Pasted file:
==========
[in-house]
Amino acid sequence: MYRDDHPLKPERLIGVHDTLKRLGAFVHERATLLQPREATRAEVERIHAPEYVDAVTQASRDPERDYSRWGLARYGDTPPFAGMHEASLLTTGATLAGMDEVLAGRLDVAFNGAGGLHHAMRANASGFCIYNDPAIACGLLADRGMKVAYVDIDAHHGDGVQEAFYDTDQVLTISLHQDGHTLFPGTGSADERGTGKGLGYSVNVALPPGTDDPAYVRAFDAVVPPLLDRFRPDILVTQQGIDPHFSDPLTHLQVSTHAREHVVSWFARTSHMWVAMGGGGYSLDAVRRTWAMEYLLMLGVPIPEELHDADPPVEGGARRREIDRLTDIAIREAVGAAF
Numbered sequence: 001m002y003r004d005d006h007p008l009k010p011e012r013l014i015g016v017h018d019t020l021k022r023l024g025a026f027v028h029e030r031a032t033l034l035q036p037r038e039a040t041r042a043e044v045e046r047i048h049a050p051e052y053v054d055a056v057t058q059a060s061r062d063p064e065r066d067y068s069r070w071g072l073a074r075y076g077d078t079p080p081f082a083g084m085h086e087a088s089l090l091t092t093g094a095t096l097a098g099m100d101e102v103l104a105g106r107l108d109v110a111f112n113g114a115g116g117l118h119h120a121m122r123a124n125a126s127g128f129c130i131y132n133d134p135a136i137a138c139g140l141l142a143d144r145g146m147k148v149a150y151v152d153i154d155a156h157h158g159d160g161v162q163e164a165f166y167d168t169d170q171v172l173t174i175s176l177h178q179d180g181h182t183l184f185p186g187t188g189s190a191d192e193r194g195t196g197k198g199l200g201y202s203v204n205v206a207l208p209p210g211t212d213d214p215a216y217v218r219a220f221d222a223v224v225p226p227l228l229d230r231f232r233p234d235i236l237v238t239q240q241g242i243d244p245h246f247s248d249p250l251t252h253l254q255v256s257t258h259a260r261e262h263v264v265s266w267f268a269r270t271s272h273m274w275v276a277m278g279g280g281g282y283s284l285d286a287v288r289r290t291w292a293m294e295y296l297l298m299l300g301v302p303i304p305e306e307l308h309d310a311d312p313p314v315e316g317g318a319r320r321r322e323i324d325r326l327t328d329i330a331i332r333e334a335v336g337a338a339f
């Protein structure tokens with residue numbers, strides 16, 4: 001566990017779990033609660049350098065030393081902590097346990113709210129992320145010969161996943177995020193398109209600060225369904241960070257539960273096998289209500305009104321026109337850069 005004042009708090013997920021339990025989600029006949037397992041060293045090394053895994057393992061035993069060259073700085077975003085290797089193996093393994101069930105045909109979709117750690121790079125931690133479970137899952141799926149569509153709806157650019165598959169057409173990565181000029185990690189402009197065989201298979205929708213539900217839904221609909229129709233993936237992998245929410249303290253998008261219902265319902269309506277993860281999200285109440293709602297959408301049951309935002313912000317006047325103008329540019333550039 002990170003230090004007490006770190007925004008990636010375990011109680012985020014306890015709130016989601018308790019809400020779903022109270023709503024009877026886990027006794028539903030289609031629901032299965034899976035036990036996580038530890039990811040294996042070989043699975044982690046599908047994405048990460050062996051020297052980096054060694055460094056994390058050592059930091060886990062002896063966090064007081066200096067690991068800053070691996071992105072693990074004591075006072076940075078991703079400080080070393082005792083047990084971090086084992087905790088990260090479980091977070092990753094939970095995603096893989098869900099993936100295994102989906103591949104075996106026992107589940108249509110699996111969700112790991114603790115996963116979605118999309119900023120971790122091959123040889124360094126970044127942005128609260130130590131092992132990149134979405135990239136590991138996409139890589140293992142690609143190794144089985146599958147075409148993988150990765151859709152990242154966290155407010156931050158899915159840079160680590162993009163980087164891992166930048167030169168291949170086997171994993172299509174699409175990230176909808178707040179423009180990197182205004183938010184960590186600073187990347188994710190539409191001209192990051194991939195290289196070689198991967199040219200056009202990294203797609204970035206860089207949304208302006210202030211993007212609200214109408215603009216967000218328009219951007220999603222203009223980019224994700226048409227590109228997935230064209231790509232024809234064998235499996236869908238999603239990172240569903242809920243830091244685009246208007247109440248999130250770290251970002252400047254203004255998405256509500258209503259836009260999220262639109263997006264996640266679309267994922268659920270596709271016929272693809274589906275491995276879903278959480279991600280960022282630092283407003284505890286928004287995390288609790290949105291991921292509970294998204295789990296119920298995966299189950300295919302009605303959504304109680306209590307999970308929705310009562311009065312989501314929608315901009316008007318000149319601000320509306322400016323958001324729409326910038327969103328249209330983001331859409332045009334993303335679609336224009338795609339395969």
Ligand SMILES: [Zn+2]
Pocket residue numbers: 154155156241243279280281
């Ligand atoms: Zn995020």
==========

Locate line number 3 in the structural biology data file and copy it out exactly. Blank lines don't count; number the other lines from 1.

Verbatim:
Numbered sequence: 001m002y003r004d005d006h007p008l009k010p011e012r013l014i015g016v017h018d019t020l021k022r023l024g025a026f027v028h029e030r031a032t033l034l035q036p037r038e039a040t041r042a043e044v045e046r047i048h049a050p051e052y053v054d055a056v057t058q059a060s061r062d063p064e065r066d067y068s069r070w071g072l073a074r075y076g077d078t079p080p081f082a083g084m085h086e087a088s089l090l091t092t093g094a095t096l097a098g099m100d101e102v103l104a105g106r107l108d109v110a111f112n113g114a115g116g117l118h119h120a121m122r123a124n125a126s127g128f129c130i131y132n133d134p135a136i137a138c139g140l141l142a143d144r145g146m147k148v149a150y151v152d153i154d155a156h157h158g159d160g161v162q163e164a165f166y167d168t169d170q171v172l173t174i175s176l177h178q179d180g181h182t183l184f185p186g187t188g189s190a191d192e193r194g195t196g197k198g199l200g201y202s203v204n205v206a207l208p209p210g211t212d213d214p215a216y217v218r219a220f221d222a223v224v225p226p227l228l229d230r231f232r233p234d235i236l237v238t239q240q241g242i243d244p245h246f247s248d249p250l251t252h253l254q255v256s257t258h259a260r261e262h263v264v265s266w267f268a269r270t271s272h273m274w275v276a277m278g279g280g281g282y283s284l285d286a287v288r289r290t291w292a293m294e295y296l297l298m299l300g301v302p303i304p305e306e307l308h309d310a311d312p313p314v315e316g317g318a319r320r321r322e323i324d325r326l327t328d329i330a331i332r333e334a335v336g337a338a339f